When this series first came out, I think I heard about it from a news article posted on Facebook. It talked about how some people thought it glamourized suicide and how it should be banned. I did not really think much of it at the time to be honest. I hadn’t seen it, nor had I seen previews for it.
Sometime recently, I would say in the last 6 months or so, I started to hear more chatter about the show. I talked with a few people and they told me I probably shouldn’t watch it given my history with suicidal tendencies. I took their word for it. I was not all that curious about it anyway.
That is until recently when I got bored and saw it on Netflix (when the new season came out). I watched a few episodes and just couldn’t stop watching. I related a lot to the Hannah they portrayed in season 1.
In high school many people thought I was a lesbian. I guess they were only partially wrong. I did not identify as a lesbian, though I was definitely attracted to girls. I wasn’t any more or less attracted to boys. I had realized this about myself in middle school, but it wasn’t until high school that I became open about it. If people weren’t calling me a lesbian, they were calling me other names like slut. To be frank, those were not the words that hurt me. I didn’t care about those words because I knew my truth, they clearly didn’t (despite the fact I had the same boyfriend for nearly my entire high school career). Nonetheless, it was annoying to hear all these assumptions and rumors about me. Most of the time I laughed them off.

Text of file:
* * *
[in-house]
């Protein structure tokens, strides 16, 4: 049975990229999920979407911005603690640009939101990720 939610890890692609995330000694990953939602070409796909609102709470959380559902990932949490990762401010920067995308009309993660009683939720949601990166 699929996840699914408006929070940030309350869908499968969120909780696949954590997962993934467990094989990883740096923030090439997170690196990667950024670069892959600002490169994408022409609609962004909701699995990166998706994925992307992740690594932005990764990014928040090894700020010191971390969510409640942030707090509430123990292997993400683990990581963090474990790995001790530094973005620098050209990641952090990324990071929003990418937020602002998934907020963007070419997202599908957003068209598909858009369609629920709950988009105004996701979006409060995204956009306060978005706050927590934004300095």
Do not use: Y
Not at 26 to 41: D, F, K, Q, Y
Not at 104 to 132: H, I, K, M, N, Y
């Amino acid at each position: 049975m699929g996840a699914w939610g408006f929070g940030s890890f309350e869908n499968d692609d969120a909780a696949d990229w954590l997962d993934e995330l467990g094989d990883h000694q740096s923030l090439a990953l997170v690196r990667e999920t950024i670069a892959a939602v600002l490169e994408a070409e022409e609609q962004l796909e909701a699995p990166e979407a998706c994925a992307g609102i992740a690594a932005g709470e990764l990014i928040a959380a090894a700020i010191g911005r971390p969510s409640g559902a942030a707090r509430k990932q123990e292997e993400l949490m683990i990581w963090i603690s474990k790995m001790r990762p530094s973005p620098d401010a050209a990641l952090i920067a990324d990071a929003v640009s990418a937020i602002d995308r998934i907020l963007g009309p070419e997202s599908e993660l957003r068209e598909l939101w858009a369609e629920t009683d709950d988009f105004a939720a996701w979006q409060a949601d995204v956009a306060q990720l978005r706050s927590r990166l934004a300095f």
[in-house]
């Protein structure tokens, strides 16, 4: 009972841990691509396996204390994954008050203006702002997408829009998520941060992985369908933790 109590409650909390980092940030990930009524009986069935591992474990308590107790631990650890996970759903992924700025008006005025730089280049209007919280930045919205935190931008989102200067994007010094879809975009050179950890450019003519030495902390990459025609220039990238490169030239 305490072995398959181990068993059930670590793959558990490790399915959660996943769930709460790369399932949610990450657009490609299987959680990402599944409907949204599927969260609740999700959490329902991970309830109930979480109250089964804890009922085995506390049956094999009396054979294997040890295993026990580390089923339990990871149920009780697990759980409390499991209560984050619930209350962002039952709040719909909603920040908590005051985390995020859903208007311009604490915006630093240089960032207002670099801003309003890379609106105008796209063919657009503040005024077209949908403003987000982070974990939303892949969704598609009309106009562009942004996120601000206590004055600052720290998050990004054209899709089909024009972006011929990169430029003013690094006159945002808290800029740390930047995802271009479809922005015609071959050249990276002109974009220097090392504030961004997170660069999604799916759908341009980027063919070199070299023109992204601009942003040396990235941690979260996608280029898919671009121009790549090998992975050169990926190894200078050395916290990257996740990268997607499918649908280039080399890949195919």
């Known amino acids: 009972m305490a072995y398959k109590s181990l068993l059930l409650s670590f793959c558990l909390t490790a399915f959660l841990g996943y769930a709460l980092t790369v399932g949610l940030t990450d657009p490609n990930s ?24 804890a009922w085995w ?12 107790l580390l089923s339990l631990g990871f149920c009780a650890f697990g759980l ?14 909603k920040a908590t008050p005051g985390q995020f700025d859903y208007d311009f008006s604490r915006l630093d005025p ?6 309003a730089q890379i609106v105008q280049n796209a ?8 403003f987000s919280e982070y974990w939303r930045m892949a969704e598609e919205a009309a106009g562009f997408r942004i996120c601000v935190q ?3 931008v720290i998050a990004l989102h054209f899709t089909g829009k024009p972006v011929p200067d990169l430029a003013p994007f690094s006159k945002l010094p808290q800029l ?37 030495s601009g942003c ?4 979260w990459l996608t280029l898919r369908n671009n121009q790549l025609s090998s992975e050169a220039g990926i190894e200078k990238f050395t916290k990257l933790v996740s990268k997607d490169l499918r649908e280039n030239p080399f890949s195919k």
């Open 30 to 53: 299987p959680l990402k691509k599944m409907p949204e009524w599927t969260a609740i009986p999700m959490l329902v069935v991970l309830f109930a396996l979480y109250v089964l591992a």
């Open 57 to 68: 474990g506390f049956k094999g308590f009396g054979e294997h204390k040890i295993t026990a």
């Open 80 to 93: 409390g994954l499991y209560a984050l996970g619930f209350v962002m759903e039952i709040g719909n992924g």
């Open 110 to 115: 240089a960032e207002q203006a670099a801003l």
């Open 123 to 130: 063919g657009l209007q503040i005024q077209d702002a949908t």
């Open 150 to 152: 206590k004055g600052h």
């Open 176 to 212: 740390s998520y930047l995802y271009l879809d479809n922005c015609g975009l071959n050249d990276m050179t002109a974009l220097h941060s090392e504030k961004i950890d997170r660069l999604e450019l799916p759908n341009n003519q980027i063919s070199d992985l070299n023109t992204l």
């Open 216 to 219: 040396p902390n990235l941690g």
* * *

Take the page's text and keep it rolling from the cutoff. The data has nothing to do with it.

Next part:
My experience with bullying, though mostly different natured than the show, felt torturous to me. I was sexually harassed countless times. “It is just how boys are”. I would get guys asking for nude photos of me. Befriending me online so that their popular friends wouldn’t know about it, or maybe it was a big group joke (I don’t know). Being rude at school, but sweet behind a screen. It was a very confusing thing to go through.
I also had a lot of feelings of self loathing at that time. My family was falling apart and yet no one bothered to take notice on how I was dealing with all of that. Like Hannah, I felt so lost, like I was in a cave of darkness.
I related to her.
The first season was pretty intense. I just wanted to know who was next and what they did. On the episode where Hannah does kill herself, I could not bring myself to watch her do it. Not that I think I would be capable of those actions now, but because I am so very aware of my old feelings. I knew exactly how it felt to want to end things. Thinking everyone was better off without me and I was to be at peace finally without all these struggles. (I know better now. Suicide is not an option).
Then you have to add in how all these other stories (in the show) factored into the rest. It got me thinking about how each thing that happened to me was tied to something else. How I didn’t know what these other kids, my bullies, were going through. Perhaps they did have their own stuff to deal with. However, there is no reasonable excuse for being an asshole. Being an asshole should not be trademarked as a cool characteristic, because it’s not. Begging girls and blackmailing them, to fulfill some sort of sexual need that you have is completely wrong. Our society has got to take consent much more seriously. It starts at home. (For all genders, not just limited to boys).